Mr. Buettner is not the first and won’t be the last to visit, observe, analyze and report on health habits of centenarians in remote, little understood places off the beaten paths we associate with civilization. In a recent interview on ABC News with the always annoying Diane Sawyer, Buettner condensed his newest aging discoveries into a short but interesting interview segment. Here is the bottom line, based on the qualities he reported to Ms. Sawyer: Centenarians (at least those in Icaria, a lovely Greek Island) have positive attitudes, a sensible diet and look after themselves. Surprise! In Icaria, they also have a special fondness for a local honey and a certain tea. They love walking and they eat a lot of nuts – and veggies, too. They soak in hot springs and hang out mostly with other thin, fit and upbeat people. like themselves.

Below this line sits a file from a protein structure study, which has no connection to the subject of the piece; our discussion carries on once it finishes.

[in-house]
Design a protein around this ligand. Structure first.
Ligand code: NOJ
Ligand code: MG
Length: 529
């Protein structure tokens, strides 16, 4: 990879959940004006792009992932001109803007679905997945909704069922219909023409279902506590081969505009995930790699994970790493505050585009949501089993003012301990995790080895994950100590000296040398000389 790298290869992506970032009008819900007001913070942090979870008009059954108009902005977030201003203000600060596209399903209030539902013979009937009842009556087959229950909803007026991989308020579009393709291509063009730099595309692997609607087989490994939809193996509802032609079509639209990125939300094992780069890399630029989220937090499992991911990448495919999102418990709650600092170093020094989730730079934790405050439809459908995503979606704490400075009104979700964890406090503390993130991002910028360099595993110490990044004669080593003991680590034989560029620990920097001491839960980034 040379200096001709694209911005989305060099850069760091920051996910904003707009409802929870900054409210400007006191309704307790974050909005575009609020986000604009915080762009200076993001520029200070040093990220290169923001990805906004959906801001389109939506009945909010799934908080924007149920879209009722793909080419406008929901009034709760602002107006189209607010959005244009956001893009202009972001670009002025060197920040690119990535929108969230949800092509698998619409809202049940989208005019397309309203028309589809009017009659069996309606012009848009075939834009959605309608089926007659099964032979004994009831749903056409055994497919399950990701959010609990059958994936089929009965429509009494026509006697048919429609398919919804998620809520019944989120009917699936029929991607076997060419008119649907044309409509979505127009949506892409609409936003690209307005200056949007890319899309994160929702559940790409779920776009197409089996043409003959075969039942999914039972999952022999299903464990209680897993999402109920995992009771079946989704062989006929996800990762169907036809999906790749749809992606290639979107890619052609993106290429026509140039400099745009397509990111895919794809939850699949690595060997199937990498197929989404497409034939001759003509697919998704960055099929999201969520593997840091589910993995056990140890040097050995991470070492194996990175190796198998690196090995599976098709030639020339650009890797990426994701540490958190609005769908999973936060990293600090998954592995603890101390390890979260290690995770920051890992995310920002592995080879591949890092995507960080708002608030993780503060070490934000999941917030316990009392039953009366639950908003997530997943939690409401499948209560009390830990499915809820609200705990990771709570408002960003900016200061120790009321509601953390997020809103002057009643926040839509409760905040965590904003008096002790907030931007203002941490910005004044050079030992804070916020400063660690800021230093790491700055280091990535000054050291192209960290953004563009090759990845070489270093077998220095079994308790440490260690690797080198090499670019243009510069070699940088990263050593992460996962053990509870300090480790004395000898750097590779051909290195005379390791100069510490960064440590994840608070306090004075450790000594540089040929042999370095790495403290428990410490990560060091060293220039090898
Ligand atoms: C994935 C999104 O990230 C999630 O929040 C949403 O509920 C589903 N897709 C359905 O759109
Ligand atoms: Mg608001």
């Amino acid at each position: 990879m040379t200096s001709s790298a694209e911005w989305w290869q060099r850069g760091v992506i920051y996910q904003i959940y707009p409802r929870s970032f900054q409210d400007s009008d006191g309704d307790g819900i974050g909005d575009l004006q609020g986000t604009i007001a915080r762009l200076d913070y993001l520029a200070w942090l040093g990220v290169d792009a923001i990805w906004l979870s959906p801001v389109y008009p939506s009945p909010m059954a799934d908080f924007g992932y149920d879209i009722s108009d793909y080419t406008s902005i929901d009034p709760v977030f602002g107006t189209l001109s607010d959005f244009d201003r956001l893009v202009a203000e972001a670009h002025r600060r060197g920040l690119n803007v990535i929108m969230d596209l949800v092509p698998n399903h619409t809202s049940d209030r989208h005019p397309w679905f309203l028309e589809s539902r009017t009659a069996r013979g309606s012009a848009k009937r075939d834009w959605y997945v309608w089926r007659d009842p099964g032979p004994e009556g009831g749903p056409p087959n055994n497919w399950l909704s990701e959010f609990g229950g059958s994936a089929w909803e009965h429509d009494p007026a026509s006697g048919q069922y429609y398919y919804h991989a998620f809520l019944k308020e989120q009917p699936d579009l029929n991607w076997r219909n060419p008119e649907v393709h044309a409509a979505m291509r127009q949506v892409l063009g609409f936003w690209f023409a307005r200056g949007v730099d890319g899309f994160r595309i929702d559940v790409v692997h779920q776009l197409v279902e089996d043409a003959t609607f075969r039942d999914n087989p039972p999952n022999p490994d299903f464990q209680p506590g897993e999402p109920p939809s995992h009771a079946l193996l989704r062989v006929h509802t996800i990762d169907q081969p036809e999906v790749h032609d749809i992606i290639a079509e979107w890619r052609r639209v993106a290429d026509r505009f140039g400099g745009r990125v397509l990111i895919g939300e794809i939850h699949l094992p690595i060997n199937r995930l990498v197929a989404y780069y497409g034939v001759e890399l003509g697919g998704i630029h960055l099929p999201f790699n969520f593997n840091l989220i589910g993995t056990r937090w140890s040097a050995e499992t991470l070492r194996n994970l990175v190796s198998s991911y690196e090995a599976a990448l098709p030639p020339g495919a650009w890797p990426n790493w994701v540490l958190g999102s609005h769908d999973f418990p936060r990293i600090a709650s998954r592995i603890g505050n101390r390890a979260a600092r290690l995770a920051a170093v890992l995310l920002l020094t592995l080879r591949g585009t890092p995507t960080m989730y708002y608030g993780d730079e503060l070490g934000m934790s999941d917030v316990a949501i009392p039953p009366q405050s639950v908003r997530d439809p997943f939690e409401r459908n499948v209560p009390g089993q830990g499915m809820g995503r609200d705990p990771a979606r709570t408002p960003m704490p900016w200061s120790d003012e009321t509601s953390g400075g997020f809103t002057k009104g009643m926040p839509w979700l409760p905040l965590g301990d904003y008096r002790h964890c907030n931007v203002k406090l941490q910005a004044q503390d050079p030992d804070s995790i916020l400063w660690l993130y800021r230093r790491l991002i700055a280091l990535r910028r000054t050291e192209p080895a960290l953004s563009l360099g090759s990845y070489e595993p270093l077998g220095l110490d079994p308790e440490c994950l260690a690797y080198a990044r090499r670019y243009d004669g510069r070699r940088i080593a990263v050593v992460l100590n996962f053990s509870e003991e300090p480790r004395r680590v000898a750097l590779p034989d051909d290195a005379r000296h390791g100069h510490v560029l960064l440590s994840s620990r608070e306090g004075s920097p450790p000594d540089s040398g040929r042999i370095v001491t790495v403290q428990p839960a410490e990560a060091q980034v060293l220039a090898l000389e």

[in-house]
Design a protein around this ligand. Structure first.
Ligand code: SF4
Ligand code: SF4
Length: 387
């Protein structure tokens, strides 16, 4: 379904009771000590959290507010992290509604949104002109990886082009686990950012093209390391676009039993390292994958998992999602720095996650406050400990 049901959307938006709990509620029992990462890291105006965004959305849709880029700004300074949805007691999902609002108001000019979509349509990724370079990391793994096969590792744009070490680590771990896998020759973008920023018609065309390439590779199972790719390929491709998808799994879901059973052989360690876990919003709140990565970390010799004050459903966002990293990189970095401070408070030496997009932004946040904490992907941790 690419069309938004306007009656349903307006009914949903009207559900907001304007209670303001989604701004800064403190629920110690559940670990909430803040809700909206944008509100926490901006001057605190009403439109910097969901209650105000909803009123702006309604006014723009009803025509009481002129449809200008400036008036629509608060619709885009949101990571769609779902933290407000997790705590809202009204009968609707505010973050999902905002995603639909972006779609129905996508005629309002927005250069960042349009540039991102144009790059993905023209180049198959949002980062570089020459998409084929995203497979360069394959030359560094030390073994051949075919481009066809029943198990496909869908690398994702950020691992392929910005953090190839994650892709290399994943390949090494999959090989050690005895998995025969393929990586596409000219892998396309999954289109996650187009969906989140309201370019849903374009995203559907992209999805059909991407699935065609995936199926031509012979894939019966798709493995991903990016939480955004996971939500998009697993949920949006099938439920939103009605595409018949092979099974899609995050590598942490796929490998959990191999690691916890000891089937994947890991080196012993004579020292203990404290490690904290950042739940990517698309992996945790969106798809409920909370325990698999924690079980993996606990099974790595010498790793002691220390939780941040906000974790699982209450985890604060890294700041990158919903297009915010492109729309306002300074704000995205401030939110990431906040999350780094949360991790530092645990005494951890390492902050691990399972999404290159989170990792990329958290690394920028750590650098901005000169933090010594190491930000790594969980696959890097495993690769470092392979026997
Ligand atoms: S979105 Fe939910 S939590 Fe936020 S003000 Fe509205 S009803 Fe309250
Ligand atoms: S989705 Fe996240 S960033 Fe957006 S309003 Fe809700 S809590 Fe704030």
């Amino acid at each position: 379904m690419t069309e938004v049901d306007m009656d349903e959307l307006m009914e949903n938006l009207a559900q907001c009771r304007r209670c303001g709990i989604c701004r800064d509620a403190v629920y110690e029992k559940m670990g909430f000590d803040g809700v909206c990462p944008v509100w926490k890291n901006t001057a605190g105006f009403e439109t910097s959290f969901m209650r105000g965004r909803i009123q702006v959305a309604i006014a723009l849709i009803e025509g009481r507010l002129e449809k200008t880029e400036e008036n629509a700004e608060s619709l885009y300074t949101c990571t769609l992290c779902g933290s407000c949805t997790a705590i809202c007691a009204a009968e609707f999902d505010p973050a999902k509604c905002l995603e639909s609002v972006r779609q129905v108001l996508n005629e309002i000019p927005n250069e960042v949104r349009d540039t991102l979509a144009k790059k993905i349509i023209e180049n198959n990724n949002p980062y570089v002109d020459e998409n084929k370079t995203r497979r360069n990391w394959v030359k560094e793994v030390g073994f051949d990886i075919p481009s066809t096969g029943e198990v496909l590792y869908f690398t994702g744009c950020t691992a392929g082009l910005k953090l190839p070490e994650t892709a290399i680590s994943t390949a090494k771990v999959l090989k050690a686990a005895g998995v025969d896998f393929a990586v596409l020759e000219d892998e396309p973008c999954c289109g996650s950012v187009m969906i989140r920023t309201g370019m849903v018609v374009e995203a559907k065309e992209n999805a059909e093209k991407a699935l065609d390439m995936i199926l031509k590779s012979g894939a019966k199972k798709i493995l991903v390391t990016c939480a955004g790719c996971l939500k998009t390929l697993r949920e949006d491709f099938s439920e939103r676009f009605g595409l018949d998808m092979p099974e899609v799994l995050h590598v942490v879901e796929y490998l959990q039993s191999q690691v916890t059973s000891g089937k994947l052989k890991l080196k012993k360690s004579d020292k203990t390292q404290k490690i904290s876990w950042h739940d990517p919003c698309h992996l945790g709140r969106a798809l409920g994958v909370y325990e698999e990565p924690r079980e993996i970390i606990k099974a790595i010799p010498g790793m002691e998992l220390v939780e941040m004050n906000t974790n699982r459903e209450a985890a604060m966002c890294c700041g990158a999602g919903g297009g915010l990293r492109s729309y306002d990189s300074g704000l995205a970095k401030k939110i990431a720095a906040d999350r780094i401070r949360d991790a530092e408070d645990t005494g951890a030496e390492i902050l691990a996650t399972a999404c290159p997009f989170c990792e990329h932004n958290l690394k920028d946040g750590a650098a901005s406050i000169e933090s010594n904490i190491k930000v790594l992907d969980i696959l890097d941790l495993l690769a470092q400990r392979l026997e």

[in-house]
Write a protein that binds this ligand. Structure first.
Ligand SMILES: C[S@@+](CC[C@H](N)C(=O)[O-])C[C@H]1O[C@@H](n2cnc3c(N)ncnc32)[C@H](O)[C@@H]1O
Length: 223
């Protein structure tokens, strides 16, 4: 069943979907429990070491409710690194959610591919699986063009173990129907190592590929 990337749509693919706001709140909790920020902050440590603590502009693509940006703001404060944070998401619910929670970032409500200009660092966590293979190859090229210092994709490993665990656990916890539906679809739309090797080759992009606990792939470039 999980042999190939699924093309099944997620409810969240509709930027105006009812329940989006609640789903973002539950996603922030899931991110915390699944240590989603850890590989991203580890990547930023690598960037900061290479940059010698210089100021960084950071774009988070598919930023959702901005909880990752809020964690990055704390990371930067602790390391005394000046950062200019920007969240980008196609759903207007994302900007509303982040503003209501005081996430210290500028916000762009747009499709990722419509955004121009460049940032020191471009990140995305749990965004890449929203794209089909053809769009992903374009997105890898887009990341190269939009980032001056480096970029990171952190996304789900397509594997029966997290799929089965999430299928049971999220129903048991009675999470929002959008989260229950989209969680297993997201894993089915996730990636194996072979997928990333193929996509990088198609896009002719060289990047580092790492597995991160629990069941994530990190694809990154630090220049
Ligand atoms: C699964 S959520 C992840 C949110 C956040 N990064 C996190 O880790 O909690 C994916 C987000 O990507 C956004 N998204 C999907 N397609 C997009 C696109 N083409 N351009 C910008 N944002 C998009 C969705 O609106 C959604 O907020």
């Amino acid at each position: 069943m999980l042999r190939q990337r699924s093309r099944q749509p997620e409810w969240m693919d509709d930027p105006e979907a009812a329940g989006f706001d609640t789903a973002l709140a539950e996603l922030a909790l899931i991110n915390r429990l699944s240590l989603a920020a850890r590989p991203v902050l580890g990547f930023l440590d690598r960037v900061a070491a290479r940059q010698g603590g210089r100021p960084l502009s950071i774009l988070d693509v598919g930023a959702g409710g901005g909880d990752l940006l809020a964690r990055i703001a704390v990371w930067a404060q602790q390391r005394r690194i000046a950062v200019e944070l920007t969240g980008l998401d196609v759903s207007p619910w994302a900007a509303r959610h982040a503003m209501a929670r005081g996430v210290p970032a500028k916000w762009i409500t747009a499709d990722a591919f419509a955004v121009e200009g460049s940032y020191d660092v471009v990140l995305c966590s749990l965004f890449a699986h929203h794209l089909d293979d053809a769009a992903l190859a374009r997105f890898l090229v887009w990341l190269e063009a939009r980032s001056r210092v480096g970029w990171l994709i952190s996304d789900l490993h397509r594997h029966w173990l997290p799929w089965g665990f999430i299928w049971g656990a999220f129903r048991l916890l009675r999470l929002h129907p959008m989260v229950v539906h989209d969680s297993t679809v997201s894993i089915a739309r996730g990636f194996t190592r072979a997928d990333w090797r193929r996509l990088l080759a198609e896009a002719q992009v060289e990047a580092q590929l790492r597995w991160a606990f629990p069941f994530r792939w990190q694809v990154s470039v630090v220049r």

Nothing was said about religiosity, yogurt or alcohol (though there might be something about such things in the book). The author claims genetics account for only 20 percent of longevity, at least in Icaria. (University of Georgia gerontologist Leonard Poon, in an essay on centenarians, claims 30 percent is due to heredity – see How to Live Beyond 100, World Future Society, November-December 2008 Vol. 42, No. 6.) Whether 20 or 30 percent, the largest factor by far, all agree, is lifestyle.
Let’s personalize this aging business – particularly the centenarian issue. What age might YOU attain before the final curtain call? On a scale of 1 to 10 (ten being quite confident of reaching the fabled mark), where would you put your prospects of living to 100 years or more?
Your chances are probably better than you think.